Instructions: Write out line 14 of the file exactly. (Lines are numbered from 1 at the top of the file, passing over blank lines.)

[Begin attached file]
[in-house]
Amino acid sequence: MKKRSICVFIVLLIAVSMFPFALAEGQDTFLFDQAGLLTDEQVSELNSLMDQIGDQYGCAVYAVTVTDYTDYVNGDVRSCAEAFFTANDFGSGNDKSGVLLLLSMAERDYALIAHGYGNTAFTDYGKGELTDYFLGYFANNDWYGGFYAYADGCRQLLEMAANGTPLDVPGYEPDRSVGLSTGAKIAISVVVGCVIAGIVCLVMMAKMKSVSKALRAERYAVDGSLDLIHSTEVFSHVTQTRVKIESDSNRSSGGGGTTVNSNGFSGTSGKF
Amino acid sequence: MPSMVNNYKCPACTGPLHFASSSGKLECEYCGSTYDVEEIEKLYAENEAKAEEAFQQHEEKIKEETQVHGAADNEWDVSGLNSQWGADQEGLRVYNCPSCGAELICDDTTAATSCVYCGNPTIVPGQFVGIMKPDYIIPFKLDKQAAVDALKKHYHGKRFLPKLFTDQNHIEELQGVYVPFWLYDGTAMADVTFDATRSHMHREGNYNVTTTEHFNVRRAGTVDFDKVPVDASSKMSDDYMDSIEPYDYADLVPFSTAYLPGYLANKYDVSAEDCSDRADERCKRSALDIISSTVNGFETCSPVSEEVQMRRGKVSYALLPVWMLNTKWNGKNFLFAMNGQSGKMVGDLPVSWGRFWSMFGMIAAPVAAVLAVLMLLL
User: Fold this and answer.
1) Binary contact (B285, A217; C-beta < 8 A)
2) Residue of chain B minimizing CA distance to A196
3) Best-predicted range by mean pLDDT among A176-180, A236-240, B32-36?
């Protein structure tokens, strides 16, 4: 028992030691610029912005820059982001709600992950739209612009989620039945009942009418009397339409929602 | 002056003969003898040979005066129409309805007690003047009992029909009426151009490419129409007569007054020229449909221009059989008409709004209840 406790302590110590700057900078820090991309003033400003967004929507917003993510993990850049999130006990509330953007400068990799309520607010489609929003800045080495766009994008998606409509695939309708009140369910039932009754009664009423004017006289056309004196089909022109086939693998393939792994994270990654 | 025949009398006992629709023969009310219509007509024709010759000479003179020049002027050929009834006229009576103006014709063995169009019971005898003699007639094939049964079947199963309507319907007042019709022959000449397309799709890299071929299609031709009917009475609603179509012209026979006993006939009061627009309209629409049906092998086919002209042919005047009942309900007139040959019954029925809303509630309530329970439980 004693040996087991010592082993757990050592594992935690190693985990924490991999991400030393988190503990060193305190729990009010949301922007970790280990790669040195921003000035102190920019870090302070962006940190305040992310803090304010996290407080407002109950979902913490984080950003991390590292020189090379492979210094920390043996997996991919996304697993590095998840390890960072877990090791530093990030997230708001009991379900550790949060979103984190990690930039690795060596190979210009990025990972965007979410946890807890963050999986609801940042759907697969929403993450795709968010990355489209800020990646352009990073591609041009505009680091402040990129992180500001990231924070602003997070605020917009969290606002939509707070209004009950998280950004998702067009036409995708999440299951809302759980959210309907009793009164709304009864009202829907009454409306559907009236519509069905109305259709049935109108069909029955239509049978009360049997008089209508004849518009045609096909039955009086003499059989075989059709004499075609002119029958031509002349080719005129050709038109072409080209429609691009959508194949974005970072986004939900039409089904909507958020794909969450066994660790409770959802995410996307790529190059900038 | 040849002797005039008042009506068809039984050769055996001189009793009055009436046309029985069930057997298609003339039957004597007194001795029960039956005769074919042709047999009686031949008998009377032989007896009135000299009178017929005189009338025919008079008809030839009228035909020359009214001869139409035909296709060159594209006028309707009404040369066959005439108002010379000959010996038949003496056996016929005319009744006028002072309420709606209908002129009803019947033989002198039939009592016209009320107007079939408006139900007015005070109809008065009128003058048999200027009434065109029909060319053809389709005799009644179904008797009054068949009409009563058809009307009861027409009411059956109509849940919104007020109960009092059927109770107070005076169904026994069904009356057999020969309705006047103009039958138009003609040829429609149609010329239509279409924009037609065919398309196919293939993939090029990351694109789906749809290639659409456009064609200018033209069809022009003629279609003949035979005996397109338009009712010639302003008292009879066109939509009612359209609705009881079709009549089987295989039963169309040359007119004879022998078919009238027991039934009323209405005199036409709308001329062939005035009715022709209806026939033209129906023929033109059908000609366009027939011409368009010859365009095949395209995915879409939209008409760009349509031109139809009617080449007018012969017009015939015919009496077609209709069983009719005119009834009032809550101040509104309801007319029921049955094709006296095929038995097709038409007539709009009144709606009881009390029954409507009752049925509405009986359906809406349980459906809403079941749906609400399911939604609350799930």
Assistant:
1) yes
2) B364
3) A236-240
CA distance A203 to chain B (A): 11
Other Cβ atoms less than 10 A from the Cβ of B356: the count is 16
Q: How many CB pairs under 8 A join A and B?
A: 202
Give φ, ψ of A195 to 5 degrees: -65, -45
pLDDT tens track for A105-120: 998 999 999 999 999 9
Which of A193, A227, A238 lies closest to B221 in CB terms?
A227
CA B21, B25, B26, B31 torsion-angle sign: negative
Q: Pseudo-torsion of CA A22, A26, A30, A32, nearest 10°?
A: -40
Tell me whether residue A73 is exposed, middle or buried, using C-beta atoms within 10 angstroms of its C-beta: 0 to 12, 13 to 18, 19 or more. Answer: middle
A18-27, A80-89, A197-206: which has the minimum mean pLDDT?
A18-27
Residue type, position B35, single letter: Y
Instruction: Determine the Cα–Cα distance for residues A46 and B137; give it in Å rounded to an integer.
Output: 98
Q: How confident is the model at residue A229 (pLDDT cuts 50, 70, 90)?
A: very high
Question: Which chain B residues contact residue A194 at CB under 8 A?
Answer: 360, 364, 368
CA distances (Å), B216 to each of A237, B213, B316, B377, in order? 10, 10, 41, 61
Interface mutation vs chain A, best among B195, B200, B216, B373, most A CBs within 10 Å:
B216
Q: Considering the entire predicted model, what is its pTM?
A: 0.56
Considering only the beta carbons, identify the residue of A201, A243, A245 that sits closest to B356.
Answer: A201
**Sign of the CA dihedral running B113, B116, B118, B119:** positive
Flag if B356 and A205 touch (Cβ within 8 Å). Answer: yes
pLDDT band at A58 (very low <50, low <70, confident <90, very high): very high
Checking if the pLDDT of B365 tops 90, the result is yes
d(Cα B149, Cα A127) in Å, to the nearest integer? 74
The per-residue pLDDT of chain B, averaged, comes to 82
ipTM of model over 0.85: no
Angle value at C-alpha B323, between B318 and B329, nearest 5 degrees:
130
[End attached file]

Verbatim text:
Other Cβ atoms less than 10 A from the Cβ of B356: the count is 16